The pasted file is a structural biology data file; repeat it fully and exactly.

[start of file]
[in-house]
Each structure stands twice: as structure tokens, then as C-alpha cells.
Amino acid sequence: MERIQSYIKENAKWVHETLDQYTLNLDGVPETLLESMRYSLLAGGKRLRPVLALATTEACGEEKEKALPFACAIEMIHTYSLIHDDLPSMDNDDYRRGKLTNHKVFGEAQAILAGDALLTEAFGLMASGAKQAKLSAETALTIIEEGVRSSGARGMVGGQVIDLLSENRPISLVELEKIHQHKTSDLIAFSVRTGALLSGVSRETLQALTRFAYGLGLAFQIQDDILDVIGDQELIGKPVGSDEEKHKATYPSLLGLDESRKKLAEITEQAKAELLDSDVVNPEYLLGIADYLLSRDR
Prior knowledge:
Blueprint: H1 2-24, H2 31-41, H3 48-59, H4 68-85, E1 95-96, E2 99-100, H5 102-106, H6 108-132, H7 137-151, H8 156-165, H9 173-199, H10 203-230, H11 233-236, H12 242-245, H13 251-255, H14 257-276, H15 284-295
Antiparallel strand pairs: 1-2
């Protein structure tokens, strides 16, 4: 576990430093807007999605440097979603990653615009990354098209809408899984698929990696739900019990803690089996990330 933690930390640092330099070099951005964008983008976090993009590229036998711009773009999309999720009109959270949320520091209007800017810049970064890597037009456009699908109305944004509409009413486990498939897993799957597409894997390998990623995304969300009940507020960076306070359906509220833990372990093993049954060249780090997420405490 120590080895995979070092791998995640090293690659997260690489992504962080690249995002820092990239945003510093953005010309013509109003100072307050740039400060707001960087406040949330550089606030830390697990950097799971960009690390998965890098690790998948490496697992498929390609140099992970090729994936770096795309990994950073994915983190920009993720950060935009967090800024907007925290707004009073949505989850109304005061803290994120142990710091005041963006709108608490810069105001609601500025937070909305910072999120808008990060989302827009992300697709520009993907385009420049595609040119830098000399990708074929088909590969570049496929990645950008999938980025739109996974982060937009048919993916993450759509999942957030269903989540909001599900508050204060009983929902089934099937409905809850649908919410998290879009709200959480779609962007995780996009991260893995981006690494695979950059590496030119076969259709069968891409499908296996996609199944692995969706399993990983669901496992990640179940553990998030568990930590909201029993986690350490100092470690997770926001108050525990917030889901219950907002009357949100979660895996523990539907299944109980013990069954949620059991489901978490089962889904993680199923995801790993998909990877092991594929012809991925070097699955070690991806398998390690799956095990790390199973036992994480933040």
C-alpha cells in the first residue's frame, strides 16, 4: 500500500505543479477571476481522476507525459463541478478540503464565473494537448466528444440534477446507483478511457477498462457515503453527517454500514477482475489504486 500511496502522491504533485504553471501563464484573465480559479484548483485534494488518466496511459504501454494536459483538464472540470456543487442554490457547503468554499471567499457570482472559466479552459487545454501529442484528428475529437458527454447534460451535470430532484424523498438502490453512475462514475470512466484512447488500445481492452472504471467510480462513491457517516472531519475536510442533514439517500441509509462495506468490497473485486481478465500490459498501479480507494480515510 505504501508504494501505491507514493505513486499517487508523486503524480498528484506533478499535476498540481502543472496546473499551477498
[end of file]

[in-house]
Each structure stands twice: as structure tokens, then as C-alpha cells.
Amino acid sequence: MERIQSYIKENAKWVHETLDQYTLNLDGVPETLLESMRYSLLAGGKRLRPVLALATTEACGEEKEKALPFACAIEMIHTYSLIHDDLPSMDNDDYRRGKLTNHKVFGEAQAILAGDALLTEAFGLMASGAKQAKLSAETALTIIEEGVRSSGARGMVGGQVIDLLSENRPISLVELEKIHQHKTSDLIAFSVRTGALLSGVSRETLQALTRFAYGLGLAFQIQDDILDVIGDQELIGKPVGSDEEKHKATYPSLLGLDESRKKLAEITEQAKAELLDSDVVNPEYLLGIADYLLSRDR
Prior knowledge:
Blueprint: H1 2-24, H2 31-41, H3 48-59, H4 68-85, E1 95-96, E2 99-100, H5 102-106, H6 108-132, H7 137-151, H8 156-165, H9 173-199, H10 203-230, H11 233-236, H12 242-245, H13 251-255, H14 257-276, H15 284-295
Antiparallel strand pairs: 1-2
């Protein structure tokens, strides 16, 4: 576990430093807007999605440097979603990653615009990354098209809408899984698929990696739900019990803690089996990330 933690930390640092330099070099951005964008983008976090993009590229036998711009773009999309999720009109959270949320520091209007800017810049970064890597037009456009699908109305944004509409009413486990498939897993799957597409894997390998990623995304969300009940507020960076306070359906509220833990372990093993049954060249780090997420405490 120590080895995979070092791998995640090293690659997260690489992504962080690249995002820092990239945003510093953005010309013509109003100072307050740039400060707001960087406040949330550089606030830390697990950097799971960009690390998965890098690790998948490496697992498929390609140099992970090729994936770096795309990994950073994915983190920009993720950060935009967090800024907007925290707004009073949505989850109304005061803290994120142990710091005041963006709108608490810069105001609601500025937070909305910072999120808008990060989302827009992300697709520009993907385009420049595609040119830098000399990708074929088909590969570049496929990645950008999938980025739109996974982060937009048919993916993450759509999942957030269903989540909001599900508050204060009983929902089934099937409905809850649908919410998290879009709200959480779609962007995780996009991260893995981006690494695979950059590496030119076969259709069968891409499908296996996609199944692995969706399993990983669901496992990640179940553990998030568990930590909201029993986690350490100092470690997770926001108050525990917030889901219950907002009357949100979660895996523990539907299944109980013990069954949620059991489901978490089962889904993680199923995801790993998909990877092991594929012809991925070097699955070690991806398998390690799956095990790390199973036992994480933040």
C-alpha cells in the first residue's frame, strides 16, 4: 500500500505543479477571476481522476507525459463541478478540503464565473494537448466528444440534477446507483478511457477498462457515503453527517454500514477482475489504486 500511496502522491504533485504553471501563464484573465480559479484548483485534494488518466496511459504501454494536459483538464472540470456543487442554490457547503468554499471567499457570482472559466479552459487545454501529442484528428475529437458527454447534460451535470430532484424523498438502490453512475462514475470512466484512447488500445481492452472504471467510480462513491457517516472531519475536510442533514439517500441509509462495506468490497473485486481478465500490459498501479480507494480515510 505504501508504494501505491507514493505513486499517487508523486503524480498528484506533478499535476498540481502543472496546473499551477498